Pan-european police co-operation in the fight against
organised crime and corruption respecting the principles of states governed by
the rule of law
1st High-level meeting of the Ministries of Interior
5-6 November 1998, Strasbourg (France)
Presented by Mr Jean-Jack QUEYRANNE, Minister of the Interior a.i. of France
1. The Ministers recall that, in the Final Declaration which they adopted at
their Second Summit (Strasbourg, 10-11 October 1997), the Heads of State and
Government of the Council of Europe expressed concern at the new dimension of
threats to citizen security and the dangers which these threats constituted for
democracy, and decided to seek common responses to the challenges posed by the
growth of corruption, organised crime, drug trafficking and money laundering
throughout Europe. In seeking these responses, the fundamental freedoms defended
and promoted by the Council of Europe for nearly 50 years, and enshrined in the
European Convention on Human Rights and other legal instruments, were to be
2. The Ministers note with concern the gravity of the situation, as described
by several speakers at the meeting. They note the increase in the number of
serious offences, the growth and diversification of the activities of organised
criminal groups, and their infiltration of the political, economic and social
fabric. The Ministers pay tribute to the courage and determination of the
authorities in the most seriously affected countries, and particularly to the
efforts made, in unusually difficult conditions, by police forces in their daily
struggle against criminal groups.
3. The Ministers consider that, in a world where frontiers are losing some of
their importance, any analysis of organised crime must start from an
international standpoint. They are convinced that an international perspective
and international resources hold the only key to effective action against
international criminal groups and unlawful trafficking. They note with interest
implementation of the Programme of action against organised crime adopted at the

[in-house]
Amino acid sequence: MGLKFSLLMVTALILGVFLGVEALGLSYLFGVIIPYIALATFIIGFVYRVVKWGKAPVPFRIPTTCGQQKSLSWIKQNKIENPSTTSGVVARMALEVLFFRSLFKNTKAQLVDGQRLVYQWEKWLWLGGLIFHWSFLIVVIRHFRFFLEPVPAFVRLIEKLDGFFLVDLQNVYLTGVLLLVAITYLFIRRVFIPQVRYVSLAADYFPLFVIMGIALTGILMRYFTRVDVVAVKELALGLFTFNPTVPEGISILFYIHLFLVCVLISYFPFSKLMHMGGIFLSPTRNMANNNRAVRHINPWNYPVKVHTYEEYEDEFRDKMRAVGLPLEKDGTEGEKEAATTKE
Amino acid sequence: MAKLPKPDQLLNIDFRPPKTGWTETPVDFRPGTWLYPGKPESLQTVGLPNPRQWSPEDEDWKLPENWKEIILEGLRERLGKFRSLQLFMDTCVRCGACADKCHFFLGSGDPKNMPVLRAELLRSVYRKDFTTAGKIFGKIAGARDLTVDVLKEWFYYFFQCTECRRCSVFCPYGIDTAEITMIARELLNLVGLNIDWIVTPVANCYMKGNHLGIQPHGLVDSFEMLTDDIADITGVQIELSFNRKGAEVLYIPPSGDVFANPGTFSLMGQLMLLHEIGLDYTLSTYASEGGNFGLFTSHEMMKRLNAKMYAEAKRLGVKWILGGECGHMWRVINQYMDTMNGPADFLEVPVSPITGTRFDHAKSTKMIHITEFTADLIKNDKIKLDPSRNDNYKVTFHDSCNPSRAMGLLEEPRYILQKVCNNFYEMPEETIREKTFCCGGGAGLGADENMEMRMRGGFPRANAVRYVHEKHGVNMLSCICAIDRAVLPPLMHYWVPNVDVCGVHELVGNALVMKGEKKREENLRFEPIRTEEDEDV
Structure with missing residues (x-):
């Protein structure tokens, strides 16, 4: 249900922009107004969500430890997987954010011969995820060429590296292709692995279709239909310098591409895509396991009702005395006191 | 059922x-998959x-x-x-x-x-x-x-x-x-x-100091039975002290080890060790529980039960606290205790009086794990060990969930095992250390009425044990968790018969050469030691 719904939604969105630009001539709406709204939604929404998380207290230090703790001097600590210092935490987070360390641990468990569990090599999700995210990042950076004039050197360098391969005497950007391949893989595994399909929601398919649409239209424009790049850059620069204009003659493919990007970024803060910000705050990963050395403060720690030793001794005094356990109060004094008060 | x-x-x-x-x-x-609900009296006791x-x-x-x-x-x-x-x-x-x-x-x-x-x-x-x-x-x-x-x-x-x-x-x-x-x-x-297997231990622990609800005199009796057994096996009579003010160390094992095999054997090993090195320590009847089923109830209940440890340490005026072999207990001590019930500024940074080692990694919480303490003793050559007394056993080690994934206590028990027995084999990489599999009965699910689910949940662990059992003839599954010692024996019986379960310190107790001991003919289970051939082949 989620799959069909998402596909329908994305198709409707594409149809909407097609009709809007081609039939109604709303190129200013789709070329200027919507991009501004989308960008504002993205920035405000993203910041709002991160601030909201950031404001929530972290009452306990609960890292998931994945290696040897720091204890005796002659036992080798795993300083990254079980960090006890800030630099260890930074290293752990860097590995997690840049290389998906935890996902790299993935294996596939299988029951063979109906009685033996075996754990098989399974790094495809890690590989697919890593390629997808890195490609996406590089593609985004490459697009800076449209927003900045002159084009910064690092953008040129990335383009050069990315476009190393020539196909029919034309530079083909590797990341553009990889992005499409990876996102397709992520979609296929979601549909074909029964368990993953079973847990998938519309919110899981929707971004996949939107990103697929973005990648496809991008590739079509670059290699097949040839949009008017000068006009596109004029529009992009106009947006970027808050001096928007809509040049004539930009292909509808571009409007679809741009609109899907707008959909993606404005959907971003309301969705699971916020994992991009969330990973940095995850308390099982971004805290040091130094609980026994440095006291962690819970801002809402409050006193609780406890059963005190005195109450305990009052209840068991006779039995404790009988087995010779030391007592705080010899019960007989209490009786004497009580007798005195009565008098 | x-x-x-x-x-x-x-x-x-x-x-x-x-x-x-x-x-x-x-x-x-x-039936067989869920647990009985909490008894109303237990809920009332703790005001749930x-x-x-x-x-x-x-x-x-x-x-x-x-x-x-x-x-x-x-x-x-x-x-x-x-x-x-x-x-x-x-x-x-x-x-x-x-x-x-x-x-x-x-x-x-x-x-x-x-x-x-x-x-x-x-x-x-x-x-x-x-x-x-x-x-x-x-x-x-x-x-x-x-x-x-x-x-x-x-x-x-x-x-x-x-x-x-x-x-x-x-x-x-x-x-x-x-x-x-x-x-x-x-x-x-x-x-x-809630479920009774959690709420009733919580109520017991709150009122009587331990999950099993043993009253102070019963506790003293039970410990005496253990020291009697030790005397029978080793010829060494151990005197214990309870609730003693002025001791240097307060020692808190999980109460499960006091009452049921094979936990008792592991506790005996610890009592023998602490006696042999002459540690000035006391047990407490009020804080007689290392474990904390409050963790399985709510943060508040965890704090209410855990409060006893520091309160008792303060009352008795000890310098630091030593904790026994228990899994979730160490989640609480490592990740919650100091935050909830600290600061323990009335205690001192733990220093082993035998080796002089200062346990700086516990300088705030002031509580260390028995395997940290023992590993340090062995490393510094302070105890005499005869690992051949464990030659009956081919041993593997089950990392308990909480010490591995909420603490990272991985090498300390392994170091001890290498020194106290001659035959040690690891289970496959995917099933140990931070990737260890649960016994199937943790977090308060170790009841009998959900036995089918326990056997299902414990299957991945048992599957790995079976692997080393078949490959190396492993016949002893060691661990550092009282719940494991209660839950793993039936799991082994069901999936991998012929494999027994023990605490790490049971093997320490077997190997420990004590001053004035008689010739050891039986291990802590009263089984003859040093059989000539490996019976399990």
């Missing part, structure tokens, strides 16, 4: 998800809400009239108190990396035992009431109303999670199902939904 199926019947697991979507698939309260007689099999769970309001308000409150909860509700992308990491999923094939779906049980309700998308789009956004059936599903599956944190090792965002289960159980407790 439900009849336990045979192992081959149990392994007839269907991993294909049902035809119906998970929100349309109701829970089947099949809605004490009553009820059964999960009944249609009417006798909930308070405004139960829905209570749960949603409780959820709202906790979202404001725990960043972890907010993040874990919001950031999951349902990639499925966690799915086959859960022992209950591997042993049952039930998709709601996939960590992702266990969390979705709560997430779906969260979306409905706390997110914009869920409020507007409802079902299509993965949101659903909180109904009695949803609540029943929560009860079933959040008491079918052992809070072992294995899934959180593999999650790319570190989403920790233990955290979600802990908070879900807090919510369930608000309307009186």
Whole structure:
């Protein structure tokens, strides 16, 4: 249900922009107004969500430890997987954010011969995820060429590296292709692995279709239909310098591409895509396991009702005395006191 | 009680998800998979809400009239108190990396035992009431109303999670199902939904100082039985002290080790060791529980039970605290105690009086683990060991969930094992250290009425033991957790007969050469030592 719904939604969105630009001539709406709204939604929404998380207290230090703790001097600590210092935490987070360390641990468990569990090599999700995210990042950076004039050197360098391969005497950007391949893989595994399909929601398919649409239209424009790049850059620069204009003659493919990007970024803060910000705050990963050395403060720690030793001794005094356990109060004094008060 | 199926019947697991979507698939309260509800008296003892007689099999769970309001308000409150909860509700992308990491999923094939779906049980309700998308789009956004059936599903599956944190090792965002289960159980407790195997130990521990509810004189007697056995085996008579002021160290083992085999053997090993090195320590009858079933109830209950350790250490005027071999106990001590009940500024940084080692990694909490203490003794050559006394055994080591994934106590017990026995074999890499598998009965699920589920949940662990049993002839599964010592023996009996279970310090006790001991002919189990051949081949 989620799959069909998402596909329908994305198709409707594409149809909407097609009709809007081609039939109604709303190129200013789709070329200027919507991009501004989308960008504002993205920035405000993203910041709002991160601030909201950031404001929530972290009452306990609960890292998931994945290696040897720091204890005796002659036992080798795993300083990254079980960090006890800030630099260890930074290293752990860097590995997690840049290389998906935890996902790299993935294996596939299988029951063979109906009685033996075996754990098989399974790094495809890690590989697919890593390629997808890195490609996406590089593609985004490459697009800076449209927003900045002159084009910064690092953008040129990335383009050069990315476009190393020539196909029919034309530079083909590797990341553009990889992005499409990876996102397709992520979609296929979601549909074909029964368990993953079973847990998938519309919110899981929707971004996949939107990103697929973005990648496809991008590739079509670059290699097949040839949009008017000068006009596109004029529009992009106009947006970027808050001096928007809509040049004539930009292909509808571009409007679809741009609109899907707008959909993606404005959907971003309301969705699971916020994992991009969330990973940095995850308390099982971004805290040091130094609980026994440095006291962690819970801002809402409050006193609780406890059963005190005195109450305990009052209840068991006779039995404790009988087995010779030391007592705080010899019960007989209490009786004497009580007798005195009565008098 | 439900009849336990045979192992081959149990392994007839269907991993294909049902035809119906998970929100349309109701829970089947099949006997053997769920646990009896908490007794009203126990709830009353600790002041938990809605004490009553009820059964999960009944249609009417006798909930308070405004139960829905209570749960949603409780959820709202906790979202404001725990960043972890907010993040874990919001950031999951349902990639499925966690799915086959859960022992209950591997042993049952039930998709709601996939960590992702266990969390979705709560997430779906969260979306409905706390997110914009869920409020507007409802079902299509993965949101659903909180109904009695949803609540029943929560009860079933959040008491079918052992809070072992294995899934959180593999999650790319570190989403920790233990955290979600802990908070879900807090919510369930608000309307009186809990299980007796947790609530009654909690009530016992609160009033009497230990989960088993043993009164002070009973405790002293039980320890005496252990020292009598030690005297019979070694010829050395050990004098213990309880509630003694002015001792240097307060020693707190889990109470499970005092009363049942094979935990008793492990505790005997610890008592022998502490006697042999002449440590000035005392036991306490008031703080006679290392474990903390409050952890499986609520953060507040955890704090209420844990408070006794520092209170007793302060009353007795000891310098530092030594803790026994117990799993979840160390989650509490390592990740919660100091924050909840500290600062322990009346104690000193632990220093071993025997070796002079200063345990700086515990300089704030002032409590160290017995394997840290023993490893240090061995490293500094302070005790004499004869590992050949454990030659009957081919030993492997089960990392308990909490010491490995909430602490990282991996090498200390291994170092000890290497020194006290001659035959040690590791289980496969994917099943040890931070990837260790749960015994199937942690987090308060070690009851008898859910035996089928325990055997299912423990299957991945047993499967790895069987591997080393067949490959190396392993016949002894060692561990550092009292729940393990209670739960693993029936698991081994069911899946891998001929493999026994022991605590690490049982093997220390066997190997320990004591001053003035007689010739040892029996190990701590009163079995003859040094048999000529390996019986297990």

European Union, as well as the work currently being done by the United Nations
with a view to drafting a Convention on organised crime.
4. The Ministers consider that it is essential to make optimum use of the
international instruments for co-operation in criminal matters which already
exist at bilateral and multilateral level, and particularly those concluded
within the Council of Europe. They stress that it is vital to take full
advantage of the communication and information exchange channels established by
Interpol and Europol. They consider that the co-operation machinery which
operates at regional level between Council of Europe member states, and which is
already yielding promising results, should be taken as a model.
5. The Ministers regard the Council of Europe as the international
organisation best equipped to make Europeans aware of the dangers which threaten
their security and democratic institutions. In view of its experience in
defending human rights and the rule of law, the Council of Europe has a decisive
role to play in approximating European public opinions to the need for a common
area of security.
6. The Ministers stress their attachment to continuation of the work already
being done to consolidate democratic structures and the rule of law in Europe.
In this connection, they attach the greatest importance to police training,